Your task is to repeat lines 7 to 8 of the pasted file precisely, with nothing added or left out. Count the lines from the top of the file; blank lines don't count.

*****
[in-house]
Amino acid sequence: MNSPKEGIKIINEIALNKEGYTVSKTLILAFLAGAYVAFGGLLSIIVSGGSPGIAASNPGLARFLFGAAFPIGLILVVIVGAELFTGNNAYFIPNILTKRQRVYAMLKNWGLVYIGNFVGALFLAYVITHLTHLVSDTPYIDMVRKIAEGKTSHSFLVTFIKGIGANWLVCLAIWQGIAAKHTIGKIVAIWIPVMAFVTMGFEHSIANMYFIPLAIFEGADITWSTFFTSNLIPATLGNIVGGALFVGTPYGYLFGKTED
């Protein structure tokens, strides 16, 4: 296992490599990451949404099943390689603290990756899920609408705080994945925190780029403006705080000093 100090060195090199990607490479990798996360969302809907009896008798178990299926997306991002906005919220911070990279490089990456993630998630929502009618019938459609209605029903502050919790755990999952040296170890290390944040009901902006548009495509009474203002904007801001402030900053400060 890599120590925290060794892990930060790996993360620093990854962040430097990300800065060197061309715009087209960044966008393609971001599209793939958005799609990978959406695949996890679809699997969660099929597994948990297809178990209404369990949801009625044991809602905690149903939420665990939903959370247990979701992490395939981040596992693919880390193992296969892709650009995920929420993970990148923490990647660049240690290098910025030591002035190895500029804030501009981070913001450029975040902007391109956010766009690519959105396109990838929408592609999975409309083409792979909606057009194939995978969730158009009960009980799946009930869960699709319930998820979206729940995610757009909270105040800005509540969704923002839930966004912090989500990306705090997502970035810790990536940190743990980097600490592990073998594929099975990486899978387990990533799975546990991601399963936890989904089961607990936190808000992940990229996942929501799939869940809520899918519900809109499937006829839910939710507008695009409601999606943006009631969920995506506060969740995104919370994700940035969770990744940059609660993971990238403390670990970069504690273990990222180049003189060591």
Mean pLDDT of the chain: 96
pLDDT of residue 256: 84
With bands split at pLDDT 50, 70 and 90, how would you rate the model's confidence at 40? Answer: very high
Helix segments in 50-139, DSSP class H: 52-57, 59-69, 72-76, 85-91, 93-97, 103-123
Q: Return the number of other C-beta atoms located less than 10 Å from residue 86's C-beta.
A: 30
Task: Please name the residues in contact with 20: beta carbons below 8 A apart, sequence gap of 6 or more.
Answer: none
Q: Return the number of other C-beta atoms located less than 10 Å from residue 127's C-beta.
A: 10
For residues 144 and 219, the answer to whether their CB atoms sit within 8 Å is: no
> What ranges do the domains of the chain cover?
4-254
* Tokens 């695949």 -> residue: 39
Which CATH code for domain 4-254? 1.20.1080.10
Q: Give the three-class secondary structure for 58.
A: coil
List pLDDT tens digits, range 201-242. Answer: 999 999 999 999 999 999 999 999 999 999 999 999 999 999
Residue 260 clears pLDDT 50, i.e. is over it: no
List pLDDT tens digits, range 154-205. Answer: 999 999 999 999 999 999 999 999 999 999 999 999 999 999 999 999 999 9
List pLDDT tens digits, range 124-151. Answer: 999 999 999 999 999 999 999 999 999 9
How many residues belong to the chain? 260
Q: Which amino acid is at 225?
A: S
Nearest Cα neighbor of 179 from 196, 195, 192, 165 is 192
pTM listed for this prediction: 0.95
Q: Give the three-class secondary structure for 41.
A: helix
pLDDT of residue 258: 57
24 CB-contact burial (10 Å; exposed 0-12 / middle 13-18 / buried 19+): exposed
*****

Helix segments in 50-139, DSSP class H: 52-57, 59-69, 72-76, 85-91, 93-97, 103-123
Q: Return the number of other C-beta atoms located less than 10 Å from residue 86's C-beta.